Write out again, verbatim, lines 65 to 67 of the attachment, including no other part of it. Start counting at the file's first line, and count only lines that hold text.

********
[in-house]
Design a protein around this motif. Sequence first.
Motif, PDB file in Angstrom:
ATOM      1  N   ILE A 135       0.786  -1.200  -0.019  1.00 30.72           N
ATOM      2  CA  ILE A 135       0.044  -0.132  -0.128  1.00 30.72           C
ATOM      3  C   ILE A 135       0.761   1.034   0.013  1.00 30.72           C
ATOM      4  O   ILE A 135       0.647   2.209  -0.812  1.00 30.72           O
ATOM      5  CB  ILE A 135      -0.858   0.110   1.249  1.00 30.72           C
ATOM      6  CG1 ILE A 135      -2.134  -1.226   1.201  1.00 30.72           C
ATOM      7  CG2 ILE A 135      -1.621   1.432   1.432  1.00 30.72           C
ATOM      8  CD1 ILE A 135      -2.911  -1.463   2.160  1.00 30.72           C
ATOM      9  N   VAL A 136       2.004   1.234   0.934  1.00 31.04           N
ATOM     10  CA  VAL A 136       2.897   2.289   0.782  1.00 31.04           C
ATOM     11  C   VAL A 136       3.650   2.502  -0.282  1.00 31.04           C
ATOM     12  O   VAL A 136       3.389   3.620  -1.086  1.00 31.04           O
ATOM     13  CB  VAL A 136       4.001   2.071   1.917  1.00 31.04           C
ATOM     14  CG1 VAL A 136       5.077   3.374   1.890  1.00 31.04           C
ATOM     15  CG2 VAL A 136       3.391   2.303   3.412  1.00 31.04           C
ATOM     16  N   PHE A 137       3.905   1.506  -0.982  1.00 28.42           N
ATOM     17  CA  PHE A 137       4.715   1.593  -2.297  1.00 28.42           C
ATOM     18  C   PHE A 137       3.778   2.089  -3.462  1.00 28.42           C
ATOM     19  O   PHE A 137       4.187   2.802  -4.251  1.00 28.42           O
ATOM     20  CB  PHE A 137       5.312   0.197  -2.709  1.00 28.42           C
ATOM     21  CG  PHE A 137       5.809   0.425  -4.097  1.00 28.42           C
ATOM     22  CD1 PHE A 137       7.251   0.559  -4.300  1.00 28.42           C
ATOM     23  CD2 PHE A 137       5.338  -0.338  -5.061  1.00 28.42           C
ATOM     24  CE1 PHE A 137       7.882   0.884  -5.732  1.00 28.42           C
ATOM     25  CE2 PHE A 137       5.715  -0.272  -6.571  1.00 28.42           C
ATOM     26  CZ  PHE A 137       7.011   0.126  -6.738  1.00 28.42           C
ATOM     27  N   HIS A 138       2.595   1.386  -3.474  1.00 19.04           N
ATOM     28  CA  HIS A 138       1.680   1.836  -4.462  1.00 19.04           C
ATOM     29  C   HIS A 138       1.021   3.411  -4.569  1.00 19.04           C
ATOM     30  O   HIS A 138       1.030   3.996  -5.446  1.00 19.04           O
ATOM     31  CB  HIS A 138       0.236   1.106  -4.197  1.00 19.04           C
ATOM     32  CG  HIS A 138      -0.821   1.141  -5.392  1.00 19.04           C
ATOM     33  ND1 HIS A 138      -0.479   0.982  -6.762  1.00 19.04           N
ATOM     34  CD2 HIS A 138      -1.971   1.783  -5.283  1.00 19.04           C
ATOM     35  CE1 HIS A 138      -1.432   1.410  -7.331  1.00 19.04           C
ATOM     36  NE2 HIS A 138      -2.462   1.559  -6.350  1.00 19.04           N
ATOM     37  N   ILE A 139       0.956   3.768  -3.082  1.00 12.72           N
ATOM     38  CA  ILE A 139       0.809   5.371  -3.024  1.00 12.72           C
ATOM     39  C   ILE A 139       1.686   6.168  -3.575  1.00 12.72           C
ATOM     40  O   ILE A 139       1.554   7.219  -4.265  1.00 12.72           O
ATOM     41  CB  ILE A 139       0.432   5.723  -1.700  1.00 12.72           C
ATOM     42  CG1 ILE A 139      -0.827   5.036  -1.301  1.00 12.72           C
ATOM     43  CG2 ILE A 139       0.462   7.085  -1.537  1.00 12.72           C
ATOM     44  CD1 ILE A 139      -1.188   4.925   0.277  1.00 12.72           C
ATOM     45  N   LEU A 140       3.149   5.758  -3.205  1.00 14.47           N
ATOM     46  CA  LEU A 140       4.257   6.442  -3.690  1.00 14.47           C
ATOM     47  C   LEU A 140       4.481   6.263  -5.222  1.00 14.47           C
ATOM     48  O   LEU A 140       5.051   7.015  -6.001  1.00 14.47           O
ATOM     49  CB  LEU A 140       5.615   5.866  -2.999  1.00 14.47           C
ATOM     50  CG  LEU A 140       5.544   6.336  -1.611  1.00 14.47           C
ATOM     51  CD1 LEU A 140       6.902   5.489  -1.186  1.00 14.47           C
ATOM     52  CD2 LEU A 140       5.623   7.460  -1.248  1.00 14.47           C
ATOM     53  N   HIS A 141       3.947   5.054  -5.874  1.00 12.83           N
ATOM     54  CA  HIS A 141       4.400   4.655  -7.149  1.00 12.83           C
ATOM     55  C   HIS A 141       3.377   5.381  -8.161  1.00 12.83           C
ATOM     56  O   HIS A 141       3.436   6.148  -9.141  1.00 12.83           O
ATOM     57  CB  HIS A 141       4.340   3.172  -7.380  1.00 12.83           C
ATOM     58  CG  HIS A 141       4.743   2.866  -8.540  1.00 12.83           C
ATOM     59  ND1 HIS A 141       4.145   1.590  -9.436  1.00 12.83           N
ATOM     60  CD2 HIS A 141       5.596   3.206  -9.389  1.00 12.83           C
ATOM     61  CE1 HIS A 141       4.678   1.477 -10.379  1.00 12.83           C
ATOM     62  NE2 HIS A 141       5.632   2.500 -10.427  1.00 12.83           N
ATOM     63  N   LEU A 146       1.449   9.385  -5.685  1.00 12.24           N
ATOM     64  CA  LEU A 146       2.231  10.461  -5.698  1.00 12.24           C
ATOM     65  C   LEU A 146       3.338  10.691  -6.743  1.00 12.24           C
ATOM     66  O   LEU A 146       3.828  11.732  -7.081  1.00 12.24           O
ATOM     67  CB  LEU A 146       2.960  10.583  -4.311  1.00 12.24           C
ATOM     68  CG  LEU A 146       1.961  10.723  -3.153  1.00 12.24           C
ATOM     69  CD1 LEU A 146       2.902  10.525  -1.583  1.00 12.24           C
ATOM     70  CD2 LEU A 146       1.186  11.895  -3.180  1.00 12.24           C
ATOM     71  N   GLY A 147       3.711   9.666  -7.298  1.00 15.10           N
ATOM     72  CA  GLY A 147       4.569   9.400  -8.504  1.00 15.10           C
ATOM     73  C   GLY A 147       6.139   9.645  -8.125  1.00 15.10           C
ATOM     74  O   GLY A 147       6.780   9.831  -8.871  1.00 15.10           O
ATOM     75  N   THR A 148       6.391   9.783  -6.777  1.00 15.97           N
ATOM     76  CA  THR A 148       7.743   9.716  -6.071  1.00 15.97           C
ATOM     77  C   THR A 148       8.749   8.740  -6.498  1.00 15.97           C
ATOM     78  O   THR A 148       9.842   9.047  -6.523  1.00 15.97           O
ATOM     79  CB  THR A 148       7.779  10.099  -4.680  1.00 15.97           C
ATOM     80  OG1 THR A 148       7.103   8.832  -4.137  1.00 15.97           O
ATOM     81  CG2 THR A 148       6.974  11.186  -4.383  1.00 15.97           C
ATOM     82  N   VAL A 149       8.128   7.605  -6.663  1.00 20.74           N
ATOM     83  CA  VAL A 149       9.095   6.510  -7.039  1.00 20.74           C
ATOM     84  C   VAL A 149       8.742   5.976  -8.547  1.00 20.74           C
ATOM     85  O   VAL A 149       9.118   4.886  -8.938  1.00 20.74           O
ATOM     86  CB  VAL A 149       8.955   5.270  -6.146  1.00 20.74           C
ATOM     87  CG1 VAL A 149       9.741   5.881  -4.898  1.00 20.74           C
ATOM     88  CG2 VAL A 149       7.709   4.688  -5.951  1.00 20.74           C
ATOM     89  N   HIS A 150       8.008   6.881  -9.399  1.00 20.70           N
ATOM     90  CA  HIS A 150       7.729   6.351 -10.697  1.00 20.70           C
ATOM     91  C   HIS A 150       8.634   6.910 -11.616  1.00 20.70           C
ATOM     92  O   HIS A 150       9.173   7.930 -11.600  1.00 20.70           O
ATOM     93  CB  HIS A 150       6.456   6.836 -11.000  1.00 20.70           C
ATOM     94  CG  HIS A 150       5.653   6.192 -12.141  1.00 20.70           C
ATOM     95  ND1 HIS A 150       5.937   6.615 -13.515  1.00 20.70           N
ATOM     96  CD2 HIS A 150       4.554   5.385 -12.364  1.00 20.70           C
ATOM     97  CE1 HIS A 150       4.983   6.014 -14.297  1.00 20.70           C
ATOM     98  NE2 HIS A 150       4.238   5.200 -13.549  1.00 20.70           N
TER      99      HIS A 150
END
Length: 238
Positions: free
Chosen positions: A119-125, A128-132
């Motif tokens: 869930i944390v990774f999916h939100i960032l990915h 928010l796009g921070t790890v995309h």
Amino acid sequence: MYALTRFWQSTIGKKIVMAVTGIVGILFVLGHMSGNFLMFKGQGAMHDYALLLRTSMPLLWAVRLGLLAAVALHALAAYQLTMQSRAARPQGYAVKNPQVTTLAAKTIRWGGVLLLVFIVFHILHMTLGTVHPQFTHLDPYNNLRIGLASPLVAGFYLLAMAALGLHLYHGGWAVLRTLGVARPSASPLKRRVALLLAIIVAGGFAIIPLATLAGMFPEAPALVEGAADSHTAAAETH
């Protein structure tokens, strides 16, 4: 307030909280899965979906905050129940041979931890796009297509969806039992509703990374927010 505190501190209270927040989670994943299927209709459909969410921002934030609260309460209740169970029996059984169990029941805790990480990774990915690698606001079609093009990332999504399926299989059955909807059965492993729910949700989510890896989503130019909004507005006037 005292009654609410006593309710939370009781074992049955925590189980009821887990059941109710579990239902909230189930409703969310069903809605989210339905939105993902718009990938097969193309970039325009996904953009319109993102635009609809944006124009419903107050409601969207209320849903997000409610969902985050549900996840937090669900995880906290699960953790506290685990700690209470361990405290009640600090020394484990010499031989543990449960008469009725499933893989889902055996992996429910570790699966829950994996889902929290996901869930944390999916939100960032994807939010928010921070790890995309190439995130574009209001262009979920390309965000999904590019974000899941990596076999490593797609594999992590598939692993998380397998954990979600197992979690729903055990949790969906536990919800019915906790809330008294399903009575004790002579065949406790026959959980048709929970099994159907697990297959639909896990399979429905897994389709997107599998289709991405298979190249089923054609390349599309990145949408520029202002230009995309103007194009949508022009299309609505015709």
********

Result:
ATOM     62  NE2 HIS A 141       5.632   2.500 -10.427  1.00 12.83           N
ATOM     63  N   LEU A 146       1.449   9.385  -5.685  1.00 12.24           N
ATOM     64  CA  LEU A 146       2.231  10.461  -5.698  1.00 12.24           C